India’s software exports were next to nothing five years ago, and last year totalled over $8 billion (or 2 per cent of GDP). That was enough to propel India into a trade surplus year (trade being in both goods and services) – the first time in a quarter of a century. It was a small surplus, but one that will now get steadily bigger, as the figures for the first half of the current year (till September) suggest. By next March, the full financial year’s exports of software and IT-enabled services will have reached more than $ 10 billion, and with fresh momentum in the sector the figure next year is expected to be over $13 billion, or 3 per cent of GDP, making it India’s largest single export item, bigger than the combined total of cotton textiles/garments. And mind you, this didn’t exist as a significant item a decade ago. It’s like striking oil.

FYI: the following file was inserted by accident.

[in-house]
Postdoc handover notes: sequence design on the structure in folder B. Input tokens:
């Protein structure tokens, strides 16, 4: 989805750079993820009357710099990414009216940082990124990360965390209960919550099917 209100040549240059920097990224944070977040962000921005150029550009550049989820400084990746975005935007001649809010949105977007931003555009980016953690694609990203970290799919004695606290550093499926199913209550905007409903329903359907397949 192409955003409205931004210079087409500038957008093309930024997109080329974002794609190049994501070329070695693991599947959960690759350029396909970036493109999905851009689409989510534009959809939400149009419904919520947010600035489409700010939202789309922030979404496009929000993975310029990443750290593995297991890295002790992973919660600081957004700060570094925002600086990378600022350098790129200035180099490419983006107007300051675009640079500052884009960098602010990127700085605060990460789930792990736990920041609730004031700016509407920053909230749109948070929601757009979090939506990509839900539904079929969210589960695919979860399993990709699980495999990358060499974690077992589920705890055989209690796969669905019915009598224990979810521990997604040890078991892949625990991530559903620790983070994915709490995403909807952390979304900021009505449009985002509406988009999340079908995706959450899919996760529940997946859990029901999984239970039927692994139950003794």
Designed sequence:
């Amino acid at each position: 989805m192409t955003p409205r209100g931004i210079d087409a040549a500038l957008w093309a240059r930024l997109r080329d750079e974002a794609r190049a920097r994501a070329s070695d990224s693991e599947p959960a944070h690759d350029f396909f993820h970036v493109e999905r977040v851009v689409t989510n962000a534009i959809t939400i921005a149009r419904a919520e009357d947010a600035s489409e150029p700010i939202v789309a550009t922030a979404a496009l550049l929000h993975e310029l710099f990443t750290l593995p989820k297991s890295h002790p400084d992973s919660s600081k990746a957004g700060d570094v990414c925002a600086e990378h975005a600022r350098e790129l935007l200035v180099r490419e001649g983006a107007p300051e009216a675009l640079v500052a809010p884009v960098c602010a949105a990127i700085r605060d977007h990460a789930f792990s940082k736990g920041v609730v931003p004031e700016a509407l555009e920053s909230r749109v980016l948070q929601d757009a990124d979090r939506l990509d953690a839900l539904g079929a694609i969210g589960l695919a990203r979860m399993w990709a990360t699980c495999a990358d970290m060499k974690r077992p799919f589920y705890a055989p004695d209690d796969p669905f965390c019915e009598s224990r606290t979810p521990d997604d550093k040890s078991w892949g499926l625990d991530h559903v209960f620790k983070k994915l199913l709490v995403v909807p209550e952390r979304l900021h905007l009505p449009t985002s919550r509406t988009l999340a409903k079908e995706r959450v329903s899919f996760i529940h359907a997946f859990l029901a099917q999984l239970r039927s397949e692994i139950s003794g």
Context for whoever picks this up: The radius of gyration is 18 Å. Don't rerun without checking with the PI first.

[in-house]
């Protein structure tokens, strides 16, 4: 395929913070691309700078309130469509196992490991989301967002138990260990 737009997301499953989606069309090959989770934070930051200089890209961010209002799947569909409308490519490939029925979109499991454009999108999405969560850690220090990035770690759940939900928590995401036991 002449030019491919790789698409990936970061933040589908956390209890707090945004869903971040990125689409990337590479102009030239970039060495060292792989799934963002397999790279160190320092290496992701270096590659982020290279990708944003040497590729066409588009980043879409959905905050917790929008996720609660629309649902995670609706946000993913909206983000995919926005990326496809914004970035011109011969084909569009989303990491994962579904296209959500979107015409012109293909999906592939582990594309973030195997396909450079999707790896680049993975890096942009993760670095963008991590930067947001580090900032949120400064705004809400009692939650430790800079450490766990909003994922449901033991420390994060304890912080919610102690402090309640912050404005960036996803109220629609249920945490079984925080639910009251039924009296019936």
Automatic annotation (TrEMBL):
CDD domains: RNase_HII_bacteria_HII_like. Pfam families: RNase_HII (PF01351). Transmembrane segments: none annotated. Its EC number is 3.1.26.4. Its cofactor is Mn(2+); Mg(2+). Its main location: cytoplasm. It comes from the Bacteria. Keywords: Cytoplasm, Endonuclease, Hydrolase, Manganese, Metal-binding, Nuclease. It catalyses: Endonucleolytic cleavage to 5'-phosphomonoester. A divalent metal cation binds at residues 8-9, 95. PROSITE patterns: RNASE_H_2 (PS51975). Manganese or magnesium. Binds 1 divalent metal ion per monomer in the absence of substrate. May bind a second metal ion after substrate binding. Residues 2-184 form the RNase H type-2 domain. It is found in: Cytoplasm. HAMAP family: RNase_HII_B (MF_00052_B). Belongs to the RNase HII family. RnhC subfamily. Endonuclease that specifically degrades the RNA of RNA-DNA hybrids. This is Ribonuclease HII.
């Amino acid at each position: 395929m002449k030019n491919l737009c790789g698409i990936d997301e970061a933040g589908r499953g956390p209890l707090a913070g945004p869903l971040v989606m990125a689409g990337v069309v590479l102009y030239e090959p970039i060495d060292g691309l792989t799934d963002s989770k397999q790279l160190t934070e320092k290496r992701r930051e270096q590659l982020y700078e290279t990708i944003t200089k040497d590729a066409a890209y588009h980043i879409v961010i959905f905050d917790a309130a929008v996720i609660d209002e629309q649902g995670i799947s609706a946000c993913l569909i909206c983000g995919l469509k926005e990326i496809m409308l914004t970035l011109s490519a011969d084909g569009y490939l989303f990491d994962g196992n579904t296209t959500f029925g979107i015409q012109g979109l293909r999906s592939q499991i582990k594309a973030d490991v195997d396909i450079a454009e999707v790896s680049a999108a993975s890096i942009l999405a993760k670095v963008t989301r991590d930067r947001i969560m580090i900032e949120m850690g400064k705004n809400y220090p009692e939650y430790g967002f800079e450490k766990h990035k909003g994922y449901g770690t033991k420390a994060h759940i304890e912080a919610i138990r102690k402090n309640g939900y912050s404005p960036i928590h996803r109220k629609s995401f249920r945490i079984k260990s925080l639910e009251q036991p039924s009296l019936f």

Which is wonderful, except for the fact that the traditional view favours a weak currency for a developing economy – if Rs 50 translates into a dollar instead of $1.25 (which is what it would be if the exchange rate was Rs 40/dollar), then your exports are cheaper in international markets and you can sell more. Simultaneously, products from overseas become more expensive in domestic markets, so that imports gets squeezed and domestic producers get more elbow room. A weak currency works continuously to feed this encouragement of exports and discouragement of imports, whereas a trade surplus caused by the software export boom changes this calculus and converts what has been a weak currency into a strong currency, because you are now earning more dollars than you are spending.
And that has serious implications for all the other export sectors that depend on a weak currency. Imagine the plight of those who export tea and cotton and tobacco and sugar and a host of other commodities on which price competitiveness is critical, if the rupee were to keep moving up against the dollar? Software would continue to boom, since it has 30 per cent profit margins, but other sectors with 3 and 5 per cent margins would certainly suffer.